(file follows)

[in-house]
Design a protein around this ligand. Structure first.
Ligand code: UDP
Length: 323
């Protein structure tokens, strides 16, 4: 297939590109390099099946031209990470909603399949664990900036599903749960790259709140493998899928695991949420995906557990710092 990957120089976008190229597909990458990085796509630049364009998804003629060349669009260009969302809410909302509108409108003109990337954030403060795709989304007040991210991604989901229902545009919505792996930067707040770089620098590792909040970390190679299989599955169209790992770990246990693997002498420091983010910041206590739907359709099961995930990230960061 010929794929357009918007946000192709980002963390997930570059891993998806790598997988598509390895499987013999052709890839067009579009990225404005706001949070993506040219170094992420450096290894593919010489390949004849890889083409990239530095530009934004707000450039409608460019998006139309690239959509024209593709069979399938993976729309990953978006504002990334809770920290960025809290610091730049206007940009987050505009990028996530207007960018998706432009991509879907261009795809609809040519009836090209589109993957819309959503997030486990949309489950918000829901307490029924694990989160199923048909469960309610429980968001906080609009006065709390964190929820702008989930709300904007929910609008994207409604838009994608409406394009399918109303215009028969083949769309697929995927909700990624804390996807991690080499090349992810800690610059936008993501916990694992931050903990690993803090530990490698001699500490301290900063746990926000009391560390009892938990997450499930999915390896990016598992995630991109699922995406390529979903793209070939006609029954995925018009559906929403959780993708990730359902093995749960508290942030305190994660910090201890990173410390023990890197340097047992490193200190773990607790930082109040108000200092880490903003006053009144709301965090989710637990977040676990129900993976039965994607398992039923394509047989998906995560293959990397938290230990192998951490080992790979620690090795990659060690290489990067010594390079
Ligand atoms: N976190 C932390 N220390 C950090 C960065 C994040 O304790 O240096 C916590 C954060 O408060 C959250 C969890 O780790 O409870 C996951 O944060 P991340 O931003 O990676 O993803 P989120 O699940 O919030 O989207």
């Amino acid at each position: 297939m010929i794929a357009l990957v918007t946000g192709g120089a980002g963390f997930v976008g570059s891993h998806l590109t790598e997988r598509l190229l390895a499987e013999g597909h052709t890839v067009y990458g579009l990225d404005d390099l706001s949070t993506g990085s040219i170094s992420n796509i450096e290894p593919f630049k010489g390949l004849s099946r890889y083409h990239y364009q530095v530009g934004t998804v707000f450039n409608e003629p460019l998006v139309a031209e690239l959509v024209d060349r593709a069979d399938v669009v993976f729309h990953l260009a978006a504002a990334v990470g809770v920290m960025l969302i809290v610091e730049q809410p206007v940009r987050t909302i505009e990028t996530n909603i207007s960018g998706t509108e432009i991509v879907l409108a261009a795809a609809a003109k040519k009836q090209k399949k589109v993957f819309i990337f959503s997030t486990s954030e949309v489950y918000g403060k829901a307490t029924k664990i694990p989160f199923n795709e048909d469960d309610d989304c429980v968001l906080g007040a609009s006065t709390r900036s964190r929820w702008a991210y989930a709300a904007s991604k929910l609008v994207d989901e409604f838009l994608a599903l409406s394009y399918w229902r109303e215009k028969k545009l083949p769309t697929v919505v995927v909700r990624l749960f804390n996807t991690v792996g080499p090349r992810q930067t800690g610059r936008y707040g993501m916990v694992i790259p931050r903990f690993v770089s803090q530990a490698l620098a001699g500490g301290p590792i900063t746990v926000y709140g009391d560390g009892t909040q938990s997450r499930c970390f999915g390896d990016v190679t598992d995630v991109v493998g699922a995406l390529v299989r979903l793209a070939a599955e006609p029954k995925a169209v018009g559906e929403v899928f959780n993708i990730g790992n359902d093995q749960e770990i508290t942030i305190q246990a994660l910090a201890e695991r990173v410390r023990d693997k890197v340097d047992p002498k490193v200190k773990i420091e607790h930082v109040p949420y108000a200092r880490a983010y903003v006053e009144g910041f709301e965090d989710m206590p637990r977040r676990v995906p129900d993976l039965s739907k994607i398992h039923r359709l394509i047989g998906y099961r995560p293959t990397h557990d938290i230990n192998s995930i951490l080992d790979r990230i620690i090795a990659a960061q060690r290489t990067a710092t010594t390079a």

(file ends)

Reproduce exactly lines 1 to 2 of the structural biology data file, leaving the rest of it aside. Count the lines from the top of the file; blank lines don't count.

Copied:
[in-house]
Design a protein around this ligand. Structure first.